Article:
Vimeo user somersetVII has created 10 beautiful, masterful supercut videos. Coens | 30 celebrates 30 years of Coen Bros movies while Stanley Kubrick gets an appropriately moody and atmospheric tribute. Other standouts include Baseball on Film and Cinema: A Space Odyssey, which only a true fan of the genres could make.
posted by Room 641-A on Feb 8, 2016 - 8 comments

W A T E R D R O P

Waterdrop "Waterdrop" is a science fiction film about the second kind of close encounter with aliens. It is a tribute to the critically acclaimed Chinese science fiction novel "The Dark Forest"
posted by dhruva on Feb 6, 2016 - 18 comments

61st Century Lip-Synch Man

In the history of gag dubs, one of the earliesr and more obscure is a segment from MTV's Cartoon Sushi, Ultracity 6060, debuting in episode one. After the fold, all but one of its six or seven episodes, depending on how you count - one is an original parody. [more inside]
posted by BiggerJ on Jan 13, 2016 - 6 comments

Celebrating the Polyester Decade

Space 1970 :: Journey with us back to the days when special effects were created by skillful hands and spaceships were detailed models, when robots were obligatory comedy relief, when square-jawed heroes and cloaked villains battled among the stars -- and the future was fun!
posted by anastasiav on Jan 7, 2016 - 37 comments

Klytus, I'm bored. What play thing can you offer me today?

Gordon's Alive! The Untold Story Of Flash Gordon
posted by fearfulsymmetry on Jan 4, 2016 - 90 comments

"Only a story. Only the most important thing in the whole world."

What to do when you're not the hero any more by Laurie Penny [NewStatesman] From Star Wars to Mad Max, a new, more diverse kind of storytelling went mainstream this year - and the backlash shows how much it matters. [more inside]
posted by pibkac on Jan 3, 2016 - 61 comments

"1000 ships from a star far out in space would land on 1 January 2000"

Those mammoth vessels carried within their holds treasure of which the United States was in most desperate need: gold, to bail out the almost bankrupt federal, state, and local governments; special chemicals capable of unpolluting the environment, which was becoming daily more toxic, and restoring it to the pristine state it had been before Western explorers set foot on it; and a totally safe nuclear engine and fuel, to relieve the nation's all-but-depleted supply of fossil fuel. In return, the visitors wanted only one thing—and that was to take back to their home star all the African Americans who lived in the United States.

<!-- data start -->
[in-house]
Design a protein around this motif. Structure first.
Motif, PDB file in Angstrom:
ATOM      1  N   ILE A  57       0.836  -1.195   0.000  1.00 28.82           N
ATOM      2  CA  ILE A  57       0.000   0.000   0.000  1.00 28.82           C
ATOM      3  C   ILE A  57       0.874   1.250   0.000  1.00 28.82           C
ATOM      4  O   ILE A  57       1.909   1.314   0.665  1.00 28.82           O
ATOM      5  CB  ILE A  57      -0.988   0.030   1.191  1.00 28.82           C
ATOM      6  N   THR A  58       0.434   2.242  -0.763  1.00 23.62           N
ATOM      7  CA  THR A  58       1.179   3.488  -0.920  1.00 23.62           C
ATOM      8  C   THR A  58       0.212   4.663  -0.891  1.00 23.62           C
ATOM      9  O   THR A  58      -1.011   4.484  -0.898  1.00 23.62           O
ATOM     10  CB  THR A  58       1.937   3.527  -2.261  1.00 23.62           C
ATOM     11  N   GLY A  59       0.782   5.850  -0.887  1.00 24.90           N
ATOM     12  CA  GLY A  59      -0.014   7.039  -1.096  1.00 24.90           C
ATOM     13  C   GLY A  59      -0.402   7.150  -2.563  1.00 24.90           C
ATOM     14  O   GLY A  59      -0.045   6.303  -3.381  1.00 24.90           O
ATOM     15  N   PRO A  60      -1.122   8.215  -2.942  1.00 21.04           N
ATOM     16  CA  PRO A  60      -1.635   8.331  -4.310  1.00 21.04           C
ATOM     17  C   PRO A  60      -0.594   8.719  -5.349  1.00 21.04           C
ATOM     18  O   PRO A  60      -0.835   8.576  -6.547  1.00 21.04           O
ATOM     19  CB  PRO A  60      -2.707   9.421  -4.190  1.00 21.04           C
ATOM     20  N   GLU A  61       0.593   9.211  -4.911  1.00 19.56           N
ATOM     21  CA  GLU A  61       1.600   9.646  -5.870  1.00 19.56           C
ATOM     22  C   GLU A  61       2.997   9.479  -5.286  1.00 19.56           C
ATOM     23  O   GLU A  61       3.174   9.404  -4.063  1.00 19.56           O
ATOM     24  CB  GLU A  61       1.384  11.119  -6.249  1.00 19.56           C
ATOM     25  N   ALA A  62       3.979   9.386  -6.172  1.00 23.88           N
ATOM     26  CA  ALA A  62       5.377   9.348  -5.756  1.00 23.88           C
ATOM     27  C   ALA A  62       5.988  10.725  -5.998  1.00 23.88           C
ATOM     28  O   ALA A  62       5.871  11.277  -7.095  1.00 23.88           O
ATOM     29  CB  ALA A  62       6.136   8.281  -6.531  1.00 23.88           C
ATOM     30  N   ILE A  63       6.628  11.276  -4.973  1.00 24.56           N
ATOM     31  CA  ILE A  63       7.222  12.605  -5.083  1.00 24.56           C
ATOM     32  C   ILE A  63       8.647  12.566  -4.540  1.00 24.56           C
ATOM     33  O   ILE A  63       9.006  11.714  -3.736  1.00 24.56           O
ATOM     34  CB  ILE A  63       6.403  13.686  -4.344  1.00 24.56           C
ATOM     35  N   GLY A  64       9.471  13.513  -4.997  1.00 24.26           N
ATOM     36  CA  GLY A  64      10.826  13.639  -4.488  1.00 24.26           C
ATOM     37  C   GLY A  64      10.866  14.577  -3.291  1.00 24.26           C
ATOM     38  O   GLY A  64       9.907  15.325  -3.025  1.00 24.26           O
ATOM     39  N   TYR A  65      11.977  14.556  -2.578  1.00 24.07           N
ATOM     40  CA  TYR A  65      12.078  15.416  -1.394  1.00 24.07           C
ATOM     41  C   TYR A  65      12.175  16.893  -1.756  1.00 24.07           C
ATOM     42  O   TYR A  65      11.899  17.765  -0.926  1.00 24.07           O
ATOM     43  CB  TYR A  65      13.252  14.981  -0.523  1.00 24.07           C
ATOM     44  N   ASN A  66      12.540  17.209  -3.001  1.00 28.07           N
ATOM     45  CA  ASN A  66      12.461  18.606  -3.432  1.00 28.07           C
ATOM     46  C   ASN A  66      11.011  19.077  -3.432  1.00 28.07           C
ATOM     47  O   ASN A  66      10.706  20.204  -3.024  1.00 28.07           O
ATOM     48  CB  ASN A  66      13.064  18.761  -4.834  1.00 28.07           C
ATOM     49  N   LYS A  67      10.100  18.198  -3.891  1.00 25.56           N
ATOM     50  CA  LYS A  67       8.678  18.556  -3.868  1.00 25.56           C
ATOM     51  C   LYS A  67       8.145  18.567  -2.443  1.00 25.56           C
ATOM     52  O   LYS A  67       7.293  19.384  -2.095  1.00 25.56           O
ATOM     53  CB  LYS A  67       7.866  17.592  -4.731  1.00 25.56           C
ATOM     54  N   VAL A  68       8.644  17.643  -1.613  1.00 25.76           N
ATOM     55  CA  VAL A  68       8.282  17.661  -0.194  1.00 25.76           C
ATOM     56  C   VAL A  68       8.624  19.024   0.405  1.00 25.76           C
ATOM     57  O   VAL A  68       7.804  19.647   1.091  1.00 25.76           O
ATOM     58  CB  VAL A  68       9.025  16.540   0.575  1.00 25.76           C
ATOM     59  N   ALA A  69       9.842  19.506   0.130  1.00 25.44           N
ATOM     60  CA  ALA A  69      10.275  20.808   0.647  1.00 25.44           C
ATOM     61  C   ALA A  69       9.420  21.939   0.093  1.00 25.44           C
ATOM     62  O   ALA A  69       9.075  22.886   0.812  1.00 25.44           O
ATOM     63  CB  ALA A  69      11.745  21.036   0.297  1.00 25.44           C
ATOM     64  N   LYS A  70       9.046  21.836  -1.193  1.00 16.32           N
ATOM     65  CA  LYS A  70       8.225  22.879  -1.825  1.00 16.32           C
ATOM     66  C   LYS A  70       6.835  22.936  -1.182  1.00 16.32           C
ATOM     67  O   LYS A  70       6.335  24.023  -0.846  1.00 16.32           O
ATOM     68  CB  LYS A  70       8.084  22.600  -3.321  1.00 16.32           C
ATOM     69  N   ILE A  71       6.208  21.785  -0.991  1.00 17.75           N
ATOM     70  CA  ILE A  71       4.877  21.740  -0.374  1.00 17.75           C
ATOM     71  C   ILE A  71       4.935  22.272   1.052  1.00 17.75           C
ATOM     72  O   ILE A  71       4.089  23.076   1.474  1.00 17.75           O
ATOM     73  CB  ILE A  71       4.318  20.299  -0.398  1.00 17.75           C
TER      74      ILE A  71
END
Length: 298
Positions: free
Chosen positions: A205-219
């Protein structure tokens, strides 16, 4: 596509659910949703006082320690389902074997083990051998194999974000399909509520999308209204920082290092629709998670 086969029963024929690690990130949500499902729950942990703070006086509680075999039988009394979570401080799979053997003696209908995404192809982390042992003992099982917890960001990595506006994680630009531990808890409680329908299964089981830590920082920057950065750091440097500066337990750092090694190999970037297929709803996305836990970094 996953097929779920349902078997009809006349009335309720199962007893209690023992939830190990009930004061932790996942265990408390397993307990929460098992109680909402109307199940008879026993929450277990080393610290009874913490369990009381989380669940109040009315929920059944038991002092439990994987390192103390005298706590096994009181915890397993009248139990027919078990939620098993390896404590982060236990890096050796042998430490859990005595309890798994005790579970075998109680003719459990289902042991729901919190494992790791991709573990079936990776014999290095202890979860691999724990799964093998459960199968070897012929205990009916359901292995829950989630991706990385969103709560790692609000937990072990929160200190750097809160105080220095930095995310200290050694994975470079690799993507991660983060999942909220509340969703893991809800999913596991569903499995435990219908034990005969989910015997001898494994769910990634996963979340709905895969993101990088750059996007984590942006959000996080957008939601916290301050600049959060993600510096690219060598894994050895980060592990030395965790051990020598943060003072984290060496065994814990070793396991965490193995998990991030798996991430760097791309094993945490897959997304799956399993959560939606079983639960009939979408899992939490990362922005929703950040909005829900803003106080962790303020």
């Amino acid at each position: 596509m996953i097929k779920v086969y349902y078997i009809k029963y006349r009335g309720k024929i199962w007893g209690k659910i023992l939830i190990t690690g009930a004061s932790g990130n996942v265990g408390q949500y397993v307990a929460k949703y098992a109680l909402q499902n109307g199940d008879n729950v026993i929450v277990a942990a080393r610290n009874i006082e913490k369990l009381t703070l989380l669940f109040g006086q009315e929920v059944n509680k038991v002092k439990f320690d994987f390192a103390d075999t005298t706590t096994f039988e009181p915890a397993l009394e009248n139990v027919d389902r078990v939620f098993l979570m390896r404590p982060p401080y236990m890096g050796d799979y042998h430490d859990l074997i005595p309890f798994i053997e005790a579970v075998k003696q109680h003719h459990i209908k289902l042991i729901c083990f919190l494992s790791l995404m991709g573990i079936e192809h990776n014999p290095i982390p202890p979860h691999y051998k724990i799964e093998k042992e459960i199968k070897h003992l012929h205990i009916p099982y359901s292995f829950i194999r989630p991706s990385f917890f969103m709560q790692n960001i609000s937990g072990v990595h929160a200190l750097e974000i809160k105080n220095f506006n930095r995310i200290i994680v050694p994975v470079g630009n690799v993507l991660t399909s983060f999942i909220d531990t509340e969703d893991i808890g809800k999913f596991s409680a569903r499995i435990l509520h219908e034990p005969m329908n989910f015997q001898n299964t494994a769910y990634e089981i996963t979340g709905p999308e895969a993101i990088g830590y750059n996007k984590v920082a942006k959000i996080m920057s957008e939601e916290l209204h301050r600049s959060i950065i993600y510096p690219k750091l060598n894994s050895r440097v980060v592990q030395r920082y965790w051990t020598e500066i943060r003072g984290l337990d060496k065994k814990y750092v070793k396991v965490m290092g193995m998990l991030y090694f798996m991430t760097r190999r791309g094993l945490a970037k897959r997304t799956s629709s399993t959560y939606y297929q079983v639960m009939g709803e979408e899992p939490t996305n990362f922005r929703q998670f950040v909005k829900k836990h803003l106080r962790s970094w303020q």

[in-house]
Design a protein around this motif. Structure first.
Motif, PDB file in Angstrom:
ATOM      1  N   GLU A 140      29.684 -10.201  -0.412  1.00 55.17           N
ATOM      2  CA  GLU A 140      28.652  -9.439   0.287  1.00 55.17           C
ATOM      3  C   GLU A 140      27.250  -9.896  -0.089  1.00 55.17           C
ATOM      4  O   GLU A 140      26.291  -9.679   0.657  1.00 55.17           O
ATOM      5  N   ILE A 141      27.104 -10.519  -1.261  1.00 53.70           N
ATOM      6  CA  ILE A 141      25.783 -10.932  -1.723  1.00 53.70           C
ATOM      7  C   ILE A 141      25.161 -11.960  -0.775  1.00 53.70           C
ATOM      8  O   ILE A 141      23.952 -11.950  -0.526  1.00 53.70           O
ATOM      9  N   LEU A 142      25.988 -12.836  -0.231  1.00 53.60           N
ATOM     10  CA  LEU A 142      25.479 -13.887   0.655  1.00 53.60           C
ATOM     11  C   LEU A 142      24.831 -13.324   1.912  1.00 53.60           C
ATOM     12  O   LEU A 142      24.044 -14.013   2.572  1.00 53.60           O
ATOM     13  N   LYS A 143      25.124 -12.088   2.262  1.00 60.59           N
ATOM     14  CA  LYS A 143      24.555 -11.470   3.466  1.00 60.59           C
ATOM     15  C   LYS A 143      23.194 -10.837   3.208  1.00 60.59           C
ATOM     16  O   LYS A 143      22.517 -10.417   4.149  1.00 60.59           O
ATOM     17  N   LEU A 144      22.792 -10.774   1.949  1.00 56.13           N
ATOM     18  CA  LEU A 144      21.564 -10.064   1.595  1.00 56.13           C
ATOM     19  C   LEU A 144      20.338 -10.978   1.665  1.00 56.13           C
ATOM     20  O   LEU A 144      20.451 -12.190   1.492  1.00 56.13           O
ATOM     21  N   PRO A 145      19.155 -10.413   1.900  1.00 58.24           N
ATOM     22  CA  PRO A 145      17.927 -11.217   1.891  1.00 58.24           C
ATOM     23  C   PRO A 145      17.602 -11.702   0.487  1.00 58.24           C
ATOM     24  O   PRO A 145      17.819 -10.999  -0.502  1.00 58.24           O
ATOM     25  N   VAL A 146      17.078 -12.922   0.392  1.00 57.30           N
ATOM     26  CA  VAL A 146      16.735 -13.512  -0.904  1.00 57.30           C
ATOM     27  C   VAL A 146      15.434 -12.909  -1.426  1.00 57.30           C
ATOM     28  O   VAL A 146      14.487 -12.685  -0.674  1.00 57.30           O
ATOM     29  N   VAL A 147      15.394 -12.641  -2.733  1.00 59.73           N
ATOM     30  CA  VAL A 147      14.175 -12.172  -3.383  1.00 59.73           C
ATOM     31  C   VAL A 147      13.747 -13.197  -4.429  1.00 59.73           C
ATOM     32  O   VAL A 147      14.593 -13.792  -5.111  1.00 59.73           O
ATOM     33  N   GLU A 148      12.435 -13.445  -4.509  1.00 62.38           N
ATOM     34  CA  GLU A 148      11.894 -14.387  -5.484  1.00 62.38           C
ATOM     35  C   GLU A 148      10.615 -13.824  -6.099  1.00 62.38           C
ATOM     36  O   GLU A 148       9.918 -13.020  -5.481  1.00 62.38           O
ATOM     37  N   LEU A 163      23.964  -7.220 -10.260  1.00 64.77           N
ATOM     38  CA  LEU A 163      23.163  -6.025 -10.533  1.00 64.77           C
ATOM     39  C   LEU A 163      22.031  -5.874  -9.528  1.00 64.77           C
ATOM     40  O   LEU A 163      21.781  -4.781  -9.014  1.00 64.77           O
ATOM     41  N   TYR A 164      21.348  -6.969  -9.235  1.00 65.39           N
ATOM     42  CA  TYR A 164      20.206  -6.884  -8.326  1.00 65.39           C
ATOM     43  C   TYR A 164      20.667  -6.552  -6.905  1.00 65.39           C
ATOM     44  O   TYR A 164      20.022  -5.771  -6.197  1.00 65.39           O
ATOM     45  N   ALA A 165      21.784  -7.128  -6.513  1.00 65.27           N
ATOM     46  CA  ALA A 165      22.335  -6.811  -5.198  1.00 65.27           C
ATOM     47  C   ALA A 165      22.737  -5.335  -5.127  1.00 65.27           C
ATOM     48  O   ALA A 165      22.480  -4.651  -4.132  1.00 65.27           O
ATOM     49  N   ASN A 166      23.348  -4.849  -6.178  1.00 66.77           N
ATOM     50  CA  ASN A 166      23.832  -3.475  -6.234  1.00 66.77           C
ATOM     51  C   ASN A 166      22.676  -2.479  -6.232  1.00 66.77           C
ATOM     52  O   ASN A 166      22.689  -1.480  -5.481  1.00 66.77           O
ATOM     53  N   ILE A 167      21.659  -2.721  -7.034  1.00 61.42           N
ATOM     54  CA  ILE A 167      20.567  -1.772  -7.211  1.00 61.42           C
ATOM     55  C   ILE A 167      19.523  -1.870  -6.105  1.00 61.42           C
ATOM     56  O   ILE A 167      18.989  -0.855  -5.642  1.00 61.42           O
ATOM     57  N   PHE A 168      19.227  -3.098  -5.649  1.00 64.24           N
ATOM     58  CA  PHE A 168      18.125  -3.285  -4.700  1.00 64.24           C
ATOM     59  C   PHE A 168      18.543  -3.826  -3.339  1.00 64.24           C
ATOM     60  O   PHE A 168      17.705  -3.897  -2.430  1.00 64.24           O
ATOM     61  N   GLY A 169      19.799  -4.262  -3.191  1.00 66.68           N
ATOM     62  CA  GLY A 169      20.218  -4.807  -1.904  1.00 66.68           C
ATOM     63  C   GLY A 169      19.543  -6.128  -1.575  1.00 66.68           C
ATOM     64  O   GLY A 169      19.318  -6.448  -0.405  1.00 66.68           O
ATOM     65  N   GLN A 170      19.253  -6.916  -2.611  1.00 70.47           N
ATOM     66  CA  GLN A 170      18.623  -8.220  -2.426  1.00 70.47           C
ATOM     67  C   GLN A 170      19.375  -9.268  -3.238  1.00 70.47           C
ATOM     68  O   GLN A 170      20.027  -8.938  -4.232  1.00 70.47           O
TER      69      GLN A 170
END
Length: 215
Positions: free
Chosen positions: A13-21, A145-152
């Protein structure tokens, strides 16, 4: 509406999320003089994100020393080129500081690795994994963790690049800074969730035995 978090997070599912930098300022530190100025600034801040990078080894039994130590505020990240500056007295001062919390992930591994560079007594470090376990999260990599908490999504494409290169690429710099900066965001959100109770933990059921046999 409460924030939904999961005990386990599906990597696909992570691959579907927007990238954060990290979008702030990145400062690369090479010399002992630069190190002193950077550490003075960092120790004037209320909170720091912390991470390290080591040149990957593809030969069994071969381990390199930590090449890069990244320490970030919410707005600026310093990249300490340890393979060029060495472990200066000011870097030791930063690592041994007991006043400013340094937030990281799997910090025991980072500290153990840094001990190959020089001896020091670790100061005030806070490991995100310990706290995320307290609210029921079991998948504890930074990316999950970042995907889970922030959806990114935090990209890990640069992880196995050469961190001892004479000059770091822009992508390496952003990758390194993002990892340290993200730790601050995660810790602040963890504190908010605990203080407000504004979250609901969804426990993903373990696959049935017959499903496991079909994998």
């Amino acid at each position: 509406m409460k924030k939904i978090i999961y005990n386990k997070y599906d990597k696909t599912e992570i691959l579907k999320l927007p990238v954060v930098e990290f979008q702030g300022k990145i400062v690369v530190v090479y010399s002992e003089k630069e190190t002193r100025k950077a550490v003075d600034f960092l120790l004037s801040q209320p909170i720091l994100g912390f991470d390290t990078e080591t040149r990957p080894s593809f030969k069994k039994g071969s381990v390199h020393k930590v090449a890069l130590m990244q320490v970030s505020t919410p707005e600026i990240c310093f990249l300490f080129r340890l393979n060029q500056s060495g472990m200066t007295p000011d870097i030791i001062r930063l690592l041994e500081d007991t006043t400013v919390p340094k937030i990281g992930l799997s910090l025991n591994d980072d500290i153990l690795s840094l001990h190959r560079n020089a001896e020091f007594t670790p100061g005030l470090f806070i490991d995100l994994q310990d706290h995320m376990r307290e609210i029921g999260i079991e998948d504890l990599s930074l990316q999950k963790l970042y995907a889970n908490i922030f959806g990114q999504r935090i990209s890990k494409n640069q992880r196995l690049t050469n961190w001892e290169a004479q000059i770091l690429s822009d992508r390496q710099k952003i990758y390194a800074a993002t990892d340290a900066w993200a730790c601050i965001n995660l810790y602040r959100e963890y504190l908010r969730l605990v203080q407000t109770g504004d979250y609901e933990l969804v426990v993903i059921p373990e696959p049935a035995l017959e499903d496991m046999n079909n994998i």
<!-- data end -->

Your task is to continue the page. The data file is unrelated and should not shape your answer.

"The Space Traders" is a science fiction story and social parable published in 1992 by pioneering law professor and civil rights advocate Derrick Bell. In 1994, "The Space Traders" was adapted for television as one-third of HBO's Cosmic Slop, a TV-movie anthology of scifi starring people of color. Written by Trey Ellis and directed by Reginald Hudlin, the half-hour "The Space Traders" episode can be watched in its entirety here. [more inside]
posted by nicebookrack on Dec 31, 2015 - 21 comments

Sci Sci Fi

Scientists on their favourite science fiction
posted by fearfulsymmetry on Dec 30, 2015 - 60 comments

"Folks at NPR thought, 'Oh good grief, we're selling out to Hollywood.'"

In 1981, NPR affiliate station KUSC hatched a bold plan to adapt George Lucas’ Star Wars for radio. Easily the most visual film of the last decade, Star Wars as a listening experience seemed like an unlikely idea, but Lucas sold them the rights to adapt the hit movie for one dollar, and opened the Lucasfilm vaults to the show’s producers: Star Wars sound effects would be available to them in their raw form, along with every note of John Williams’ music. The cast was a mixture of original Star Wars cast members, Hollywood veterans, and future TV and movie stars still in the early stages of their careers. Novelist Brian Daley and Director John Madden then turned the first three films into "movies to watch with your eyes closed." [more inside]
posted by zarq on Dec 20, 2015 - 46 comments

Three SF Stories from 2015: Two Near Future and One Very Far

Martin L. Shoemaker's "Today I Am Paul" and Rich Larson's "Meshed" explore the emotional impact of technological developments within relatively familiar futures, and Caroline M. Yoachim's "Seven Wonders of a Once and Future World" draws on a wide variety of SF motifs to make the future a strange and sometimes poignant allegory for wonders of the past. Each story has been selected for an upcoming year's best SF anthology—either Rich Horton's or Neil Clarke's—and two received mention earlier this year from the unverified @gardnerdozois.
posted by Wobbuffet on Dec 20, 2015 - 6 comments